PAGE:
Monkeypox: ‘No need for South Africans to panic’

Monkeypox: spreading around the globe
Monkeypox in SA: South Africans urged to take precautions(Photo: Freepik)

The National Department of Health has urged South Africans to remain calm following Sunday’s announcement that monkeypox is now a public health emergency of international concern.

Dr Tedros Adhanom Ghebreyesus, Director General of the World Health Organisation (WHO), stated that there are now more than 16 000 cases in 75 countries. So far, five people have lost their lives to the virus.

SA’s situation

Back home, the National Institute of Communicable Diseases (NICD) said that from 22 June until 19 July, there have been three unlinked laboratory-confirmed monkeypox cases.

These cases were recorded in Gauteng, Western Cape and Limpopo among males aged 30, 32 and 42 years, respectively. While none of the infected individuals had travelled overseas, the Gautenger had close contact with someone with international travel history. The Western Cape case also had unspecified contact with people who had travelled abroad.

So far, 226 monkeypox laboratory tests (PCR) have been conducted in the country.

The Limpopo case is an imported case involving a tourist who has since returned to his home country of Switzerland.

Health department calls for calm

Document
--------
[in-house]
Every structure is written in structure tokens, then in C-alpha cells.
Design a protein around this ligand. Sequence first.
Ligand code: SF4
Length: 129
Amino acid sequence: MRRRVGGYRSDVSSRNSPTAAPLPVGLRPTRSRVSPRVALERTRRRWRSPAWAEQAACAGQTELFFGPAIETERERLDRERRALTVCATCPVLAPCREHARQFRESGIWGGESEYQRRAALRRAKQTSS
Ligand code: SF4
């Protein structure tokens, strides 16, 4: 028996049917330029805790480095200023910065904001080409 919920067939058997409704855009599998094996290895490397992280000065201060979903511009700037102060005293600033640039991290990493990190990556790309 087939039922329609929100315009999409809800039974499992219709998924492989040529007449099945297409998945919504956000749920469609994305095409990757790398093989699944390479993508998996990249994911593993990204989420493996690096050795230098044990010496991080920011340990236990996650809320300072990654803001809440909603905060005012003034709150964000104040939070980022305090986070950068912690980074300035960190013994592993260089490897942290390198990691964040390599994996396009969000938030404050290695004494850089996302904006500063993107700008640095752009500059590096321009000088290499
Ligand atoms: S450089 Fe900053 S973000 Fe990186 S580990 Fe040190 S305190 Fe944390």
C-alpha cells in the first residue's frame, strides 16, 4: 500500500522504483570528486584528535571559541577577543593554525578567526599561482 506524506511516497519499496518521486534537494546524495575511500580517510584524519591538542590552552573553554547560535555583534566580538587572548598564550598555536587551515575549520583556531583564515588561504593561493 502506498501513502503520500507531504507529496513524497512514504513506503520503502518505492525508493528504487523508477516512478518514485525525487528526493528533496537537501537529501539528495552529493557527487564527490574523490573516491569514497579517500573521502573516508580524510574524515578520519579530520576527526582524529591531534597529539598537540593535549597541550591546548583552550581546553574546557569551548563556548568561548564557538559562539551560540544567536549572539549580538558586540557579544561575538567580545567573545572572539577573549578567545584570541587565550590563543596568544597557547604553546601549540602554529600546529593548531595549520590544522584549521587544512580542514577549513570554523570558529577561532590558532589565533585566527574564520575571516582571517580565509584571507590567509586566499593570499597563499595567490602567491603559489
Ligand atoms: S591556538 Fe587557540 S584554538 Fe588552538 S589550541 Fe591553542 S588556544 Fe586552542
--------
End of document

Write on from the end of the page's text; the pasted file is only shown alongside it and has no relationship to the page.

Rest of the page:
Department of Health spokesperson Foster Mohale said the country remains on high alert.

“There is a need to intensify awareness about the disease among the public and encourage people to still use some prevention protocols against COVID-19. Hand hygiene has proven especially effective during the pandemic,” said Mohale.

Mohale also stated that it’s too early for the public to panic because the situation is under control and the department is working closely with the NICD. WHO-SA is also closely monitoring the situation and will keep the public updated. 

“The Department is well prepared with heightened screening and surveillance services used during the COVID-19 pandemic, and the same applies to monkeypox, especially at our ports,” explained Mohale. “Tests are done at health facilities, doctor’s rooms and practices and are not available at pharmacies.”

The NICD warned although the risk is low among South African citizens, healthcare workers should be on high alert.

‘Let’s work together’

Dr Ghebreyesus is encouraging people to work together to help stop the spread of monkeypox.

“For the moment, this is an outbreak concentrated among men who have sex with men. That means that it can be stopped with the right strategies in the right groups,” he said.

Dr Ghebreyesus added that it’s essential for all countries to design and deliver effective information and services. They also need to adopt measures that protect affected communities’ health, human rights and dignity.

“I am also calling on civil society organisations, including those with experience in working with people living with HIV, to work with us in fighting stigma and discrimination,” said Ghebreyesus. – Health-e News



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